The applicability of the model for protein folding process simulation is presented using as the test two homologous proteins of different fold: helical in 3BD1 and structural form in 2PIJ [L. van Dorn, T. Newlove, S. Chang, W. Ingram, M. Cordes. Biochemistry 45, 10542 (2006)]. The folding process is assumed to be directed by hydrophobic core directing the hydrophobic residues toward the center of the molecule and exposing the hydrophilic residues on the surface. The "fuzzy oil drop" model is expressed by the 3-dimensional Gauss function which mimics the external force field. The value of Gauss function is interpreted as the hydrophobicity density calculated in any point of the space of the protein body. The accordance of idealized and observed hydrophobicity distributions (calculated according to Levitt function) measured using the Kullback-Leibler divergence entropy reveals good accordance in two homological proteins of different folds. The structural differences appeared to be easily explainable on the basis of "fuzzy oil drop" model. KEYWORDS: protein structure, homologous proteins, hydrophobicity, information theory Introduction The relationship between sequence determinants of stability for two natural homologous proteins with different folds was analysed in detail in [1,2]. These two proteins belonging to the Cro family differ in terms of secondary structure, which evolved from an -helical fold to a mixture of -helix and structure. The major structural differences are observed in the C-terminal fragment. The structural analysis of these two proteins is based here on a model of hydrophobic core, the structure of which is assumed to be described as 3dimensional Gauss function differentiating the hydrophobic density: the highest hydrophobic density localized in the center of the protein decreasing when moving away from the center, reaching zero values on the protein surface . This idealized hydrophobic density distribution is compared with the experimentally observed one, expressed as the sum of hydrophobic interactions between residues in the structure of a particular protein. It is shown that the hydrophobic density distribution is consistent with the idealized one in the proteins under consideration. The accordance is measured by applying the Kulback-Leibler deficiency entropy  expressing the distance between the two distributions, i.e. the idealized and the observed one. The structural differences between the two proteins are shown in Figure 1. Figure 1. The structure and sequence of 2PIJ and 3BD1 homologous proteins with the C-terminal fragment in 2PIJ evolved from the ancestral structural form in 3BD1, together with secondary structure plot. Picture according to PDBSum . Materials and methods "Fuzzy oil drop" model. The structures are compared using the "fuzzy oil drop" model assuming the distribution of hydrophobicity density accordant to the three-dimensional Gauss function the highest value of which is localized in the center of the ellipsoid with zero level of hydrophobicity on the surface. This distribution is assumed to express the idealized hydrophobic core in protein molecule expressed by the three-dimensional Gauss function as follows: xi x 2 ~ 1 H it ~ t exp 2 H sum 2 x 2 exp yi y 2 2 y 2 exp zi z 2 2 z ~ where H t denotes the theoretical (idealized) hydrophobic density at the point with coordinates (x,y,z), the point ( ) describes the position of the geometric center of the protein molecule in the coordinate system (usually the molecule is located in the origin of the coordinate center, making these values equal to zero). The parameters represent the size of protein molecule (in the traditional interpretation of the Gauss function this would be ~t understood as standard deviation). The parameter H sum represents the sum of ~ ~ all H t values, making the H t value standardised2. The observed (empirical) hydrophobic density in the protein molecule is calculated according to the Levitt function : r H ir H r 1 1 7 ij 1 ~e j 2 c Hi ~ e H sum j 0, forrij c r 9 ij c r 5 ij c rij c , forr c , ij where H ie denotes the empirical hydrophobic interactions of the i-th residue with all other residues, satisfying the condition of distance below the cut-off value (according to Levitt c=9Å), ( H ir H r ) expresses the sum of j hydrophobicity (hydrophobic scale according to  of interacting i-th and j-th residues and rij expresses the distance between the effective atoms representing side chains or residues. Divergence entropy To evaluate quantitatively the accordance between the idealized and empirically observed hydrophobic density distribution, divergence entropy (also known as Kullback-Leibler entropy ) was calculated: DKL ( P || Q) P(i) log 2 P(i) , Q(i) where DKL ( P || Q) denotes the distance entropy (also called deficiency/ divergence entropy), which is a measure of the distance between P(i) and Q(i) distributions (probabilities), where Q(i) plays the role of target distribution. Results Hydrophobic core structure. The distributions of idealized and empirical hydrophobic density in 2PIJ and 3BD1 are shown in the form of a profile in Figure 2.A. and 2.B. Figure 2. Idealized (T) and empirical (O) hydrophobic density distributions in A 2PIJ and B - 3BD1, respectively. The yellow line represents the random distribution (R) (all residues of equal hydrophobicity). The D KL profile for both proteins. C 3BD1, D- 2PIJ. The converted fragments are marked in order to visualize the characteristics of these fragments. Figure 2.A and 2.B show that the differences between the empirical and idealized distributions of hydrophobic density are lower than those between the empirical and random distributions. Particularly the theoretical and observed hydrophobicity density profiles in 3BD1 appears very similar. Comparison of the 3BD1 profiles with the analogical ones for 2PIJ reveals also the hydrophobic core changes accompanied the sequence differences and in consequence the structural change on C-terminal fragment. It may be seen that the differences are localized besides the C-terminal fragment also in the fragment 15-25. Kullback-Leibler entropy The idealized hydrophobic density distribution (Q(i)) is used as a reference so that the relative distance from the empirical distribution may be measured. Since the value of DKL may be interpreted only in relation to an opposite solution, the random distribution was used. If DKL for the idealized (T) versus observed (O) distributions is smaller than the distance between the observed (O) versus random (R) distributions, the observed distribution is considered as consistent with the idealized one. The protein of the DKL relation O/T < O/R is treated as accordant with the "fuzzy oil drop" model. It means that the protein represents the structure stabilized by hydrophobic core which is generally treated as the interaction responsible for stabilization of proteins' tertiary structure. The quantitative comparison of the differences between theoretical and observed hydrophobicity distribution expressed by DKL may be found in Table 1. The values shown there reveal the accordance between the observed and idealized hydrophobic density distributions (the theoretical distribution treated as target one) in both proteins. This accordance is also seen for both proteins deprived of fragments of different secondary structure. One of the two fragments of different secondary structure the helical one in 3BD1 appeared to be also accordant as expected. The -structural fragment in 2PIJ appeared to be not accordant with the idealized one. A graphic representation of Kullback-Leibler results is shown in Figure 2.C. and 2.D. The profiles of DKL values in both proteins are shown. The helical fragments converted to -fragments are marked in order to visualize the characteristics of the converted fragment. Table 1. The Kullback-Leibler divergence entropy expressing the distance between observed (O) versus idealized (T) and observed (O) versus random (R) distributions for the two proteins under consideration in their native structural forms (left column). The DKL was calculated also for the segments of proteins which differ in terms of secondary structure (central part of the table). The right column shows the D KL values for the protein deprived of the C-terminal fragments of different secondary structure. The values in bold represent the cases of accordance. -to- converted fragments (39-48aa) O/T O/R 0.3323 0.0598 0.0399 0.1067 Rest of molecule (1-38aa) O/T 0.0760 0.0608 O/R 0.1211 0.0802 PROTEIN 2PIJ 3BD1 Complete protein O/T 0.1183 0.0652 O/R 0.1232 0.0854 Discussion The results shown in Figure 2 and Table 1 reveal the structure of hydrophobic core accordant with the idealized one particularly for complete protein molecule. The high accordance of the protein fragment of common structure in two homological proteins (the structurally different fragment removed) seems to make the molecule stable assuming the hydrophobic interaction as responsible for tertiary structure stabilization. The structurally differentiated fragment appeared accordant in 3BD1 and not accordant in 2PIJ. This suggests the better fit for helical structural form although both molecules appear stable as the whole. The hydrophobic core, which according to Kauzman  model was assumed to be responsible for tertiary structure stabilization was extended to the form of "fuzzy oil drop" model. Kauzman's model originally of discrete character was extended to the form of the "fuzzy" form in "fuzzy oil drop" model. The recognition of proteins molecules of the structure accordant with the assumed "fuzzy oil drop" model supports the applicability of this model as the general mechanism for protein folding process. It makes possible simulation of this process in the presence of external force field of hydrophobic character. The folding polypeptide directs the hydrophobic residues toward the central of the "drop" with simultaneous exposure of the hydrophilic residues on the surface. This optimisation is planned to follow the traditional optimization of the non-bonding interactions inside protein molecule. The groups of proteins have been found to represent the structure accordant with the presented model. They are: fast folding proteins (downhill proteins) and antifreeze proteins. The hydrophobicity profile in these proteins is of good accordance with the model. Although some proteins have been found where the irregularity of the hydrophobic core construction appeared to be aim-oriented. The positions of residues representing hydrophobicity deficiency appeared to generate the ligand binding cavity, while the residues representing hydrophobicity excess appeared to be responsible for protein-protein complexation. The "intentional" character of hydrophobicity irregularity additionally supports the reliability of the assumed model. The requirement of highly specific character of the ligand binding cavity (or active center in enzymes) supported the assumption of the necessary presence of the specific ligand in the folding surrounding. The ligand (or substrate) molecule occupies the appropriate position (and orientation) in the gradually differentiated environment influencing the folding process of the polypeptide and ensuring the generation of specific binding cavity. This is why the folding of haemoglobin  and ribonuclease  was performed in the presence of heme and nucleotide inhibitor. The irregularities in hydrophobicity density distribution appeared to be aim-oriented creating the specific ligand binding cavity . The "fuzzy oil drop" model was positively verified also in case of transmembrane proteins . The Kullback-Leibler divergence entropy shows that the converted fragment does not fit well to the assumed model, suggesting a rather low significance of this fragment in the folding process. The hydrophobic core in these proteins seems to be sufficiently strong to stabilize the final structure The detailed analysis based on the presented model applied to the quite large set of structures of mutants of proteins reveals the influence of particular mutations on the structure.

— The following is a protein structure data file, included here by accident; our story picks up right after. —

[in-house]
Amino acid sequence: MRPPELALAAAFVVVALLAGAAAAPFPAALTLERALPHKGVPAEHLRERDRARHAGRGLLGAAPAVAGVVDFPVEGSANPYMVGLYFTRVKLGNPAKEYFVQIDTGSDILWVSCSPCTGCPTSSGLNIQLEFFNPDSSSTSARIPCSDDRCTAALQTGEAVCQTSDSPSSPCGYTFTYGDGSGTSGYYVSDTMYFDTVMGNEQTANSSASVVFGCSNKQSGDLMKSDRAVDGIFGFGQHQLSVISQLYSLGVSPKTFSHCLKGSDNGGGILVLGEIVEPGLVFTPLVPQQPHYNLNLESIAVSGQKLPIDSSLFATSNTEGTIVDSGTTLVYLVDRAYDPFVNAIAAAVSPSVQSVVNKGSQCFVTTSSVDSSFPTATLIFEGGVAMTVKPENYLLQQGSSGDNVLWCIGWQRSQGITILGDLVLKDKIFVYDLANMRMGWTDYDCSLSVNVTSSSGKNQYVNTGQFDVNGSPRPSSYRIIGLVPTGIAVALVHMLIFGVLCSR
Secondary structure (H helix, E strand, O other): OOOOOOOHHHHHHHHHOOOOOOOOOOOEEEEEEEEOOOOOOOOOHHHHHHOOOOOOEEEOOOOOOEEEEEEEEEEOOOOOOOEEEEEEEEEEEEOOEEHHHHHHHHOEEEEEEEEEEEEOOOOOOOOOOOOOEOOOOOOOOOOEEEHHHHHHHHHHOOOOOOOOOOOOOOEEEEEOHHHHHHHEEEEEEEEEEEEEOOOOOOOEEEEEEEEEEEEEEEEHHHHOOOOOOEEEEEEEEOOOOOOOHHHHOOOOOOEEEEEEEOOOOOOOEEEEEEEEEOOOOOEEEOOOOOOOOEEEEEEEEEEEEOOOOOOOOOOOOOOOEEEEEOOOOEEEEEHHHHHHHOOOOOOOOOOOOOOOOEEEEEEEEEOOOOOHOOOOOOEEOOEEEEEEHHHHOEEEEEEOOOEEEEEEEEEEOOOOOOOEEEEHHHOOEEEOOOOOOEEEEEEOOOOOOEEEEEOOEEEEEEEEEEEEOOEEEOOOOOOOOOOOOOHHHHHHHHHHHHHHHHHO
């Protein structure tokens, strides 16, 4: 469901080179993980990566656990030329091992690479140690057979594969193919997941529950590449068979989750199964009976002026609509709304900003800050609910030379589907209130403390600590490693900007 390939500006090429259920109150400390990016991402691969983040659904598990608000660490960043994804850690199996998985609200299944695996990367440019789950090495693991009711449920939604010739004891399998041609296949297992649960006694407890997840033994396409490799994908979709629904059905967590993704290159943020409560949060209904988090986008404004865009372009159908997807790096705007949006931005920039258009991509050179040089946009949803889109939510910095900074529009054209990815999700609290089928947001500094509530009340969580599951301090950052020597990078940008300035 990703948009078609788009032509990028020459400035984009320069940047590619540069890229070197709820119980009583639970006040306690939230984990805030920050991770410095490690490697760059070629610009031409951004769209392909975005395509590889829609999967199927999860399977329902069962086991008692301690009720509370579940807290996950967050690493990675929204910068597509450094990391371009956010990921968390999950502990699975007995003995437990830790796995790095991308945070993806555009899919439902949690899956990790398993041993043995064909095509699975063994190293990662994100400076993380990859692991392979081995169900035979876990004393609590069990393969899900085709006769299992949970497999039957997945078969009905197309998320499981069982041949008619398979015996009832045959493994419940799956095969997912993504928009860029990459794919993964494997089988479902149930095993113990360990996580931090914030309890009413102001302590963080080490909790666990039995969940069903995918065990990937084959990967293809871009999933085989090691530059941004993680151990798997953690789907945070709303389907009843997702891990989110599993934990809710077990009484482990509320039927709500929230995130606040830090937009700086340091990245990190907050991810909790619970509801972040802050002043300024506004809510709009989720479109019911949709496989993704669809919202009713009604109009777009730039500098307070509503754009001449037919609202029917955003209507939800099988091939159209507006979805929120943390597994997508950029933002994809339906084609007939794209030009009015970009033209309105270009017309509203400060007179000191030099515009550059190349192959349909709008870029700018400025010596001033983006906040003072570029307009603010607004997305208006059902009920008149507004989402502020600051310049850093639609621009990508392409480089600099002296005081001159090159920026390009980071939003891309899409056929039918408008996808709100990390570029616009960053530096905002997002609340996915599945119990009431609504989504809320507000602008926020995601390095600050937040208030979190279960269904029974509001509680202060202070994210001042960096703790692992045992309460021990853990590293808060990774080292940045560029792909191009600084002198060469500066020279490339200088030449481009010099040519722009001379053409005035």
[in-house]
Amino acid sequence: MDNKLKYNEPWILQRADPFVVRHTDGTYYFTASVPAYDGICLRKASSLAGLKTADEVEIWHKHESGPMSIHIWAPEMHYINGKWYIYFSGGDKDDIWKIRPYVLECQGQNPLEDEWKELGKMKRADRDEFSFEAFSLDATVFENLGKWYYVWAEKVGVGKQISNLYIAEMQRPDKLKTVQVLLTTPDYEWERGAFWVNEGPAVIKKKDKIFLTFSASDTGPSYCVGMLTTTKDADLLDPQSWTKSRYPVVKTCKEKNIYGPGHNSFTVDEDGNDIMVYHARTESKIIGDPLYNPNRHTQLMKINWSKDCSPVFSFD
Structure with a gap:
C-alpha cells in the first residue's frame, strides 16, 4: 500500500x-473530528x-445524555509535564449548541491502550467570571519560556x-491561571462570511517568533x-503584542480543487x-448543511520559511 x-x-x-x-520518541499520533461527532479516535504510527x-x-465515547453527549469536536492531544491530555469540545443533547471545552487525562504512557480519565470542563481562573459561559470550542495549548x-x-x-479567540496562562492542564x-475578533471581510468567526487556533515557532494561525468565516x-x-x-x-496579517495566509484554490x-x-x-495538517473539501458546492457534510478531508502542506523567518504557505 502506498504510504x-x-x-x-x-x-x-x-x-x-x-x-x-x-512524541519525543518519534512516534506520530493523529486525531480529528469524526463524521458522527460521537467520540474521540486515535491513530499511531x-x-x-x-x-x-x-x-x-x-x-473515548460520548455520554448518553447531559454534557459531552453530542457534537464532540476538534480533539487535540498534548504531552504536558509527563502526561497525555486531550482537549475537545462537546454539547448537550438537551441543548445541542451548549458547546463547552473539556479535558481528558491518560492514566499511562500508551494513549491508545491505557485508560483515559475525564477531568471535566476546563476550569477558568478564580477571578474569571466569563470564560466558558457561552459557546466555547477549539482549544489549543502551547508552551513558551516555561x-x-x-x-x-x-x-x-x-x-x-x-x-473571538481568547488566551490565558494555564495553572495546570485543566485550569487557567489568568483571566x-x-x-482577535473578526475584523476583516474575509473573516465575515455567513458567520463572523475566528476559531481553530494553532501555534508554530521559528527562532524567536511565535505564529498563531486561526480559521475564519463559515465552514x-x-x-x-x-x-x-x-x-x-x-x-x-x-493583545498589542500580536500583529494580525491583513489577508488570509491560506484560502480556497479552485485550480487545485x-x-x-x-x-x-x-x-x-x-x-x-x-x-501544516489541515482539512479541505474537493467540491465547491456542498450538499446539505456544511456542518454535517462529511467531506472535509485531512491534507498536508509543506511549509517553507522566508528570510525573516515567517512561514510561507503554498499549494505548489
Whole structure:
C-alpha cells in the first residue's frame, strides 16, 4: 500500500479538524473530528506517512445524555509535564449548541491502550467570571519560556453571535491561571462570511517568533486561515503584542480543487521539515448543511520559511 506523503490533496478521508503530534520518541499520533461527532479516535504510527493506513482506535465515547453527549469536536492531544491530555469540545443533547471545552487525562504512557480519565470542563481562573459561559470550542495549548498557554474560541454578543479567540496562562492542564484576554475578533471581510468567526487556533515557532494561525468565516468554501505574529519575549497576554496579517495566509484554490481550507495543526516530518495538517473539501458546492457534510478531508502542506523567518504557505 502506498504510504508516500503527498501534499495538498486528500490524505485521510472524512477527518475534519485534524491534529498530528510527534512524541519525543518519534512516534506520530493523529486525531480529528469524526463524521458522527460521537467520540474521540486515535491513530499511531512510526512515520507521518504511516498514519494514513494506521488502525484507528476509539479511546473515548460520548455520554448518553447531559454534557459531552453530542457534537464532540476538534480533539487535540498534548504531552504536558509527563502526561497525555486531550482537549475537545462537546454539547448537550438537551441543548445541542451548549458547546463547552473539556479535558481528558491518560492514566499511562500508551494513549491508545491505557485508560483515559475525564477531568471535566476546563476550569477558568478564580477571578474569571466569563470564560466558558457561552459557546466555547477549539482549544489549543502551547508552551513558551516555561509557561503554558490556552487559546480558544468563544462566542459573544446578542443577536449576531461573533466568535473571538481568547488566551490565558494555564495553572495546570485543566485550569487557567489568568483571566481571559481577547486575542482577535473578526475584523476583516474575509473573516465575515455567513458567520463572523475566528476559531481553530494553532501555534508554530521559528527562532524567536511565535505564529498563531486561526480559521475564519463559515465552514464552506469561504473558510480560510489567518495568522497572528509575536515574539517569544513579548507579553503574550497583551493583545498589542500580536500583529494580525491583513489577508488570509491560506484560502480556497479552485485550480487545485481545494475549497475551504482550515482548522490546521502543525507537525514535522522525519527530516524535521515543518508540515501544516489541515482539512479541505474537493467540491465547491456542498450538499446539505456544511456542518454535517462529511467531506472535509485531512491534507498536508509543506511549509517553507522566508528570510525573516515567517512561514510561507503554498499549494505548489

Bio-Algorithms and Med-Systems – de Gruyter
Published: Jan 1, 2012
Access the full text.
Sign up today, get DeepDyve free for 14 days.